Independent Student Newspaper Since 1969

The Badger Herald

Independent Student Newspaper Since 1969

The Badger Herald

Independent Student Newspaper Since 1969

The Badger Herald


Big Ten looking for some BCS love

Four weeks into the 2002 season, the Big Ten conference faces its biggest test of the young season.

Ohio State, Michigan and Penn State all take the field against top-25 teams in hopes of staking the Big Ten’s ground as the conference to beat this year.

With three contests pitting the upper echelon of collegiate football squads against one another, the notion of whether or not the Big Ten conference belongs at the top of the elite conferences relies on Saturday’s performances.

However, exactly how this weekend’s match-ups will weigh in significance throughout an entire season remains up for debate among the conference’s coaches.

“I think [high profile games] make a statement about the conference,” said Michigan head coach Lloyd Carr. “The objective is always to win, and you make a statement every time you go on the field.”

No. 7 Michigan (2-0) travels to South Bend to make its statement against No. 20 Notre Dame (2-0), who has yet to score an offensive touchdown on the board this year. The heavyweight bout reconvenes for the first time after a two-year hiatus.

No. 6 Ohio State (2-0) and its explosive set of tailbacks faces No. 10 Washington State (2-0) at the Horse Shoe in Columbus. Buckeye’s head coach Jim Tressel doesn’t regard this game as an integral part of the entire season.

“We’re trying not to get caught in a make-or-break situation [against Washington State,]” said Tressel, whose biggest test will be Nov. 23 when OSU hosts Michigan.

Penn State (1-0) hosts eighth-ranked Nebraska (3-0) in Happy Valley. The game marks the first time since 1982 the two teams have clashed, and head coach Joe Paterno is a seasoned veteran when it comes to big non-conference games.

“My feeling is one week doesn’t make a difference,” said Paterno.

Penn State will provide the first real test for Husker quarterback Jammal Lord, who has been an offensive force in his first three starts of the season, racking up 506 yards passing and rushing and six touchdowns. More importantly, this weekend permits PSU to make a push back onto the national scene.

“I think you have to be careful when saying this is the week the Big Ten can establish it is the best conference,” commented Paterno. “One week is not going to prove anything.”

With the Bowl Championship Series considering losses and strength of schedule to determine who will play for the national championship, teams who possess preseason match-ups that include high profile teams have the most to lose or gain. Contrary to what the coaches say, it seems to be a no-brainer that this weekend will weigh heavily not only in the national title picture, but also in the perception of the league nationally.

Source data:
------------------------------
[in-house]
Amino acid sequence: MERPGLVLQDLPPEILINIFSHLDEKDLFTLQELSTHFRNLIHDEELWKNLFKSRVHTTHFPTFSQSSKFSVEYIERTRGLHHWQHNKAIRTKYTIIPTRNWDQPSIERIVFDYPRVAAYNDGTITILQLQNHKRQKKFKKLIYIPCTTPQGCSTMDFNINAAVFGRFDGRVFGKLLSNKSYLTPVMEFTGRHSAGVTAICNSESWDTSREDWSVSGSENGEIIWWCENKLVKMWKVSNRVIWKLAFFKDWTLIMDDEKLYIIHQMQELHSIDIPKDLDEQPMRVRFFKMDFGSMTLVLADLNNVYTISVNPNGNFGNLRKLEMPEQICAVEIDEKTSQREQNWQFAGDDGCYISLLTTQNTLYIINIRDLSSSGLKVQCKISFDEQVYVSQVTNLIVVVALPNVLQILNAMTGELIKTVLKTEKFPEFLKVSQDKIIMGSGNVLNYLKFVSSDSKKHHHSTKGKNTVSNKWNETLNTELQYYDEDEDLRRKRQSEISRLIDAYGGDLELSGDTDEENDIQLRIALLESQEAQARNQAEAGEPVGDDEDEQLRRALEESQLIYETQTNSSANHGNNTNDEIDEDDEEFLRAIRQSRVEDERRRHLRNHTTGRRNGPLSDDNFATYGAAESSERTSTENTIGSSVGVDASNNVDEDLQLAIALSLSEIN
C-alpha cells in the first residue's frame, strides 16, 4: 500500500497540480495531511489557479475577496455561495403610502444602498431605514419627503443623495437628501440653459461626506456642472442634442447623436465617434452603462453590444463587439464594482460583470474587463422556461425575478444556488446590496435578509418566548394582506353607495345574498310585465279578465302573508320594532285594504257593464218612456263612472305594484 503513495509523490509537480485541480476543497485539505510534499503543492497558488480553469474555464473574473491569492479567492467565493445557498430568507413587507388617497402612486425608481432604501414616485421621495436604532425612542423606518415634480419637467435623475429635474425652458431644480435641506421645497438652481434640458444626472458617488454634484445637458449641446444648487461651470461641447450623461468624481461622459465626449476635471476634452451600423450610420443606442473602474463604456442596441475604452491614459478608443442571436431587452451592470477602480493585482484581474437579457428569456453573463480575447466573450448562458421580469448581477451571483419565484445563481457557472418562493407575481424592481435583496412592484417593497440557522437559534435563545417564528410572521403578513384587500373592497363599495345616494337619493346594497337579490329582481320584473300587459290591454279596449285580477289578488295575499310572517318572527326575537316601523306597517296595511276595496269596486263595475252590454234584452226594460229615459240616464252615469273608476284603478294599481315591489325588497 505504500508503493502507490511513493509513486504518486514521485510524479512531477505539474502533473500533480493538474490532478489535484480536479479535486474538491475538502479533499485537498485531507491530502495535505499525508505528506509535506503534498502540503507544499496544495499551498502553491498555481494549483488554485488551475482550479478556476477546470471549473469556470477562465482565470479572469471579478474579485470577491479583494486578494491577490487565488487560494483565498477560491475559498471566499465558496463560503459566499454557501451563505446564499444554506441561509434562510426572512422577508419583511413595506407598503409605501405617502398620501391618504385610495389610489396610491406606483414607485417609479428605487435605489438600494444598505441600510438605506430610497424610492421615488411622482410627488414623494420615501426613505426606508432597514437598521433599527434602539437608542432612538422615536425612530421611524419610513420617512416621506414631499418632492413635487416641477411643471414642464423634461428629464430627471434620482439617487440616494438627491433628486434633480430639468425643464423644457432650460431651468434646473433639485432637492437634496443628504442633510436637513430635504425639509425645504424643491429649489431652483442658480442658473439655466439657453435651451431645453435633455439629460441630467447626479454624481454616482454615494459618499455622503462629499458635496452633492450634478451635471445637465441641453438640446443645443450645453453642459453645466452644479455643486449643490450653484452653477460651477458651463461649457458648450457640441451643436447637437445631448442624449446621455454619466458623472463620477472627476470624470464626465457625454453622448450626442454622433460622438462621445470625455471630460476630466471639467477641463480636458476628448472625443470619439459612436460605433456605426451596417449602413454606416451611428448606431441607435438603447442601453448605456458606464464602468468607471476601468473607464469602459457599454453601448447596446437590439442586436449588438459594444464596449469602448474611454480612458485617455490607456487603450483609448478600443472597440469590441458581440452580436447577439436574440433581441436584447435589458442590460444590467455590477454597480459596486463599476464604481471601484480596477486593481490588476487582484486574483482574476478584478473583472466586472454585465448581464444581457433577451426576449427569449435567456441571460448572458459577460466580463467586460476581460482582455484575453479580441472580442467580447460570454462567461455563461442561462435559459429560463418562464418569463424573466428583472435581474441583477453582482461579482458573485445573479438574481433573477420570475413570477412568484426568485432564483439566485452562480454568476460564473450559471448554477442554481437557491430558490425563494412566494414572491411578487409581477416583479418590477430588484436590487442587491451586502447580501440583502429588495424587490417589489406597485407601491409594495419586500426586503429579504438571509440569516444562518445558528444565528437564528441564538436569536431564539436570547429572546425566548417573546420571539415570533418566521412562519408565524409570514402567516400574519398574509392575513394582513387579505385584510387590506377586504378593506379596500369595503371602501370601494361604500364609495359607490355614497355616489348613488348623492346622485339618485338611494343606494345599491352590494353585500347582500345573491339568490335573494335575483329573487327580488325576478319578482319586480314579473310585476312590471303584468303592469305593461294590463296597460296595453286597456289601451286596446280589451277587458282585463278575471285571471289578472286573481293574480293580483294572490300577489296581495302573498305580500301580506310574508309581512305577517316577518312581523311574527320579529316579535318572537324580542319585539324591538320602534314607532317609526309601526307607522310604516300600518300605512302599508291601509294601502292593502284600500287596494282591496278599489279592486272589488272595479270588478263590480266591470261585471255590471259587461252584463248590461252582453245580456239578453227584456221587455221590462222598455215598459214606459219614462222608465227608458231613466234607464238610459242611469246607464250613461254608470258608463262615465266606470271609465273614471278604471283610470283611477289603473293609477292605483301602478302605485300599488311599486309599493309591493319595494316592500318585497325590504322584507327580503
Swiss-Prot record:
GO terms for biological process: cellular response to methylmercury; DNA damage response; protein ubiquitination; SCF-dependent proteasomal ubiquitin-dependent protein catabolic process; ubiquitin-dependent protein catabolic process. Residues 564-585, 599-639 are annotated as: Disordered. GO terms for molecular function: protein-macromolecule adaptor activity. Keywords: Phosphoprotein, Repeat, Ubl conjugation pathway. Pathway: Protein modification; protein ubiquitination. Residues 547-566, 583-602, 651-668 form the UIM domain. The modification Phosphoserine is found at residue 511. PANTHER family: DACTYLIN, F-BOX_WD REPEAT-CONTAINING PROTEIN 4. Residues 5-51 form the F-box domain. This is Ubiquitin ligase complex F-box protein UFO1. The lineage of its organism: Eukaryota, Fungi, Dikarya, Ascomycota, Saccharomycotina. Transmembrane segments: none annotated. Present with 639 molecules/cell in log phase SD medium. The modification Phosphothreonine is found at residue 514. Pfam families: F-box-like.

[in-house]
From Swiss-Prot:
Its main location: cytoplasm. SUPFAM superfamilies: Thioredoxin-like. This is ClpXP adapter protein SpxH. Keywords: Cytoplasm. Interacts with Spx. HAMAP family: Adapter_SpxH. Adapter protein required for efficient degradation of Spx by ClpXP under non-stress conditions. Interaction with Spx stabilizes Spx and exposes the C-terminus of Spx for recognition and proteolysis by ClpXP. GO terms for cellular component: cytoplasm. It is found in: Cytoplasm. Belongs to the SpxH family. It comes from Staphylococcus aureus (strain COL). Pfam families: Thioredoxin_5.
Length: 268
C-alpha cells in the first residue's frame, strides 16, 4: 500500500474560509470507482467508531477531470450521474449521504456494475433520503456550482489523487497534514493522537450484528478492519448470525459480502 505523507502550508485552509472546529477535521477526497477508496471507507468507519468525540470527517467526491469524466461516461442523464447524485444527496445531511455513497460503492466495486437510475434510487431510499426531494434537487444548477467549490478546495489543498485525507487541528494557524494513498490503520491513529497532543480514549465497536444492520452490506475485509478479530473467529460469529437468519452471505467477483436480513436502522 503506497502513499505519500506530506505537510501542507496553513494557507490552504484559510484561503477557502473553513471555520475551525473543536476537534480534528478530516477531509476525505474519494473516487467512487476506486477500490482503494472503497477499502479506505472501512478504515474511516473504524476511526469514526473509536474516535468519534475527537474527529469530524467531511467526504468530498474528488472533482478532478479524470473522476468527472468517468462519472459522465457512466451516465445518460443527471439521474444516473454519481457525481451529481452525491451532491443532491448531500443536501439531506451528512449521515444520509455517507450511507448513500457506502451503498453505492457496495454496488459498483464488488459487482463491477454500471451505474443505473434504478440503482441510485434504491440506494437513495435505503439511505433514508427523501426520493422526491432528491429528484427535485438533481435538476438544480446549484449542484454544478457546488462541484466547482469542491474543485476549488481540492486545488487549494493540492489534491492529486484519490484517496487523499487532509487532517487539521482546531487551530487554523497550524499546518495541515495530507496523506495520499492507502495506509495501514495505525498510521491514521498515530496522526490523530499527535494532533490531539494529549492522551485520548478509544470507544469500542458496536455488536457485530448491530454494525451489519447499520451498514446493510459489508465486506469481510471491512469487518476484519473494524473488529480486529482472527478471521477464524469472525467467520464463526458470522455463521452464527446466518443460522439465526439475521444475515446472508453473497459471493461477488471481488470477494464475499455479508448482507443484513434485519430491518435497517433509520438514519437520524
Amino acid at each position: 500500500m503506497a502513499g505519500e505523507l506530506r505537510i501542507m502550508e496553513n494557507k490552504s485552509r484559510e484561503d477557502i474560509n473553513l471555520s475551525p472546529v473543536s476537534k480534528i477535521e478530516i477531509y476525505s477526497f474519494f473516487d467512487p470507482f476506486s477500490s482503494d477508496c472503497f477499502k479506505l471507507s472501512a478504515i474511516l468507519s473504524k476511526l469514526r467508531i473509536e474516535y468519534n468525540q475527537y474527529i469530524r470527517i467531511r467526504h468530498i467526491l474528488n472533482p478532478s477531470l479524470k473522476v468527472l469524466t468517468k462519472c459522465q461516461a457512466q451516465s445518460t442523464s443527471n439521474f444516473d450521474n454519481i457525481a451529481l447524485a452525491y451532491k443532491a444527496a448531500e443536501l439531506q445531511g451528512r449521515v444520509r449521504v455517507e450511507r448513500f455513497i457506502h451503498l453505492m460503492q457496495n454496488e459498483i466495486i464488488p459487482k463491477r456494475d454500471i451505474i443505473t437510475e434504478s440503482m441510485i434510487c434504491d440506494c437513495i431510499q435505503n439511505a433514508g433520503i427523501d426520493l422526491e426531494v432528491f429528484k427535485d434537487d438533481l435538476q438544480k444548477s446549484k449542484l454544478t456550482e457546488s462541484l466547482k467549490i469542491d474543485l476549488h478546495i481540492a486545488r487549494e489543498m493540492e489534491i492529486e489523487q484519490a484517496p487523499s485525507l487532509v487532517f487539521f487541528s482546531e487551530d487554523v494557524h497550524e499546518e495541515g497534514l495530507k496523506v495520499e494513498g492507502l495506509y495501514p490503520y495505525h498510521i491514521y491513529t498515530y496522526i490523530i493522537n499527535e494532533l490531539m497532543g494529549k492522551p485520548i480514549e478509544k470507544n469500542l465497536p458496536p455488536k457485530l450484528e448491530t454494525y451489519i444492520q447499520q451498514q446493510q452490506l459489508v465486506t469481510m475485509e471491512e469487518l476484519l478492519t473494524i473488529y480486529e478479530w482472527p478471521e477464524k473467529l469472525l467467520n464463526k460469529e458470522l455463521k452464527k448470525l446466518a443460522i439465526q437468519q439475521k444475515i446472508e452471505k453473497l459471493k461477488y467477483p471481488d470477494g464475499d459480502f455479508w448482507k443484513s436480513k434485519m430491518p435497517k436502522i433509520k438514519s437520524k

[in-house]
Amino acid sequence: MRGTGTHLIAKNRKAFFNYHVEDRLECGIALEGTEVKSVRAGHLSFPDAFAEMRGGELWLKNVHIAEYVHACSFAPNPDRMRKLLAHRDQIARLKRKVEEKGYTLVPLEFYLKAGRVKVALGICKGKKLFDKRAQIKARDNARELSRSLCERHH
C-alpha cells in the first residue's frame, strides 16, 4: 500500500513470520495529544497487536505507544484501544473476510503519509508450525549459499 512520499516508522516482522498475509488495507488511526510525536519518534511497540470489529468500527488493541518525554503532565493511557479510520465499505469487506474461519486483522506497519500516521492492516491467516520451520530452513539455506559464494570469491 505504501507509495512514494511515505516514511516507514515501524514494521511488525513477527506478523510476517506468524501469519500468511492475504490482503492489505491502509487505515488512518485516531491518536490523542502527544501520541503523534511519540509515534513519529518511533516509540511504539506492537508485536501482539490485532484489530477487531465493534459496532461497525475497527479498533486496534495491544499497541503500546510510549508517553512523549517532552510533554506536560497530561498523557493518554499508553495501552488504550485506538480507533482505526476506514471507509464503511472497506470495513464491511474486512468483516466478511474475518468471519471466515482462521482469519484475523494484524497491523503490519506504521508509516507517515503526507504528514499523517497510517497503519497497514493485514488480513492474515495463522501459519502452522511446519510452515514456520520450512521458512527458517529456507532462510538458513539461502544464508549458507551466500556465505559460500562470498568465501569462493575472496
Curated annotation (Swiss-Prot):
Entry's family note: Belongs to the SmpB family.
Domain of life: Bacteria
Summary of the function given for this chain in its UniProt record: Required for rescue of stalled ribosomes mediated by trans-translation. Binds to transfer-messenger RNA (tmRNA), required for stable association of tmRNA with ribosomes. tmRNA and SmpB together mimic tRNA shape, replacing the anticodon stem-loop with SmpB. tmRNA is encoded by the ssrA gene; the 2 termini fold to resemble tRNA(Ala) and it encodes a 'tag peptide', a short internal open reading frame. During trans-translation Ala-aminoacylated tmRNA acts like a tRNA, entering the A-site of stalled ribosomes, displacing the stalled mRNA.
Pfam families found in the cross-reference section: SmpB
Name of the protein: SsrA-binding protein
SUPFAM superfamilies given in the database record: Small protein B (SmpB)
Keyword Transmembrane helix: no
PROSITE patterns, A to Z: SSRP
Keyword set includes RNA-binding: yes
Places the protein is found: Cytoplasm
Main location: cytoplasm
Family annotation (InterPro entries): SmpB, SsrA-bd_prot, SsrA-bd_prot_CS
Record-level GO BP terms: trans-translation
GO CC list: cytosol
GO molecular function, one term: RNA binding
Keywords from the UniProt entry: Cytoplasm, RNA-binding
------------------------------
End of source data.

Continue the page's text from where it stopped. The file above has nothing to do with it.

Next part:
After failing to put a team in the national championship since the BCS has been instituted, maybe this will be the weekend for the Big Ten to make a serious statement to the rest of the nation.

Purdue pondering

When Purdue running back Montrell Lowe concluded his junior year, he did it with a false sense of security. Thinking he was a lock for the tailback position for his senior campaign, Lowe hoped to continue his climb through the Purdue record books and add to his 2,479 career rushing yards that has him placed as the Boilermakers’ fifth all-time leading rusher.

Enter junior tailback Joey Harris.

Harris, who possesses blazing speed, made a sizeable impression on the coaching staff during the prior year and especially during the off-season.

“Gradually, we would like Joey to take over a greater role,” head coach Joe Tiller said. “We did learn something last year, that we need to substitute for [Harris] early and keep him fresh later on.”

Finishing runner-up in the Texas High School 200-meter championships as a senior (11th best nationwide), Harris has learned a few things that have allowed him to greater utilize his outstanding speed.

“[Harris] is playing with more confidence,” said Tiller. “He’s running with good vision and with his blockers.”

His maturity has been obvious in games versus Illinois State (23 carries, 144 yards, 2 touchdowns) and last week’s loss to Notre Dame, where he ran for 109 yards on 25 carries.

“I have slowed down more,” said Harris. “I’m not always looking around at who’s going to hit me. I have become more confident as a runner and more physical than last year.”

Somber victories

Last August, tragedy hit the Northwestern University football team’s members.

Senior safety Rashidi Wheeler collapsed in preseason practice with bronchial asthma and died. The Wildcats bounced back in the season opener beating UNLV 37-38.

Fast-forward a year: another Big Ten team, another tragedy. Two Sundays ago, the Minnesota Golden Gophers lost lineman Brandon Hall in a horrifying shooting episode in downtown Minneapolis. The Gophers, just like the Wildcats, played their next game in name of their late teammate and came away victorious, defeating Louisiana-Lafayette 35-11.

“These are young kids,” Gophers coach Glen Mason said. “They’ve got a lot on their plate. From a mental standpoint, they were not there. But that’s understandable. Heck, I’m a grown man, and my mental state wasn’t there.”

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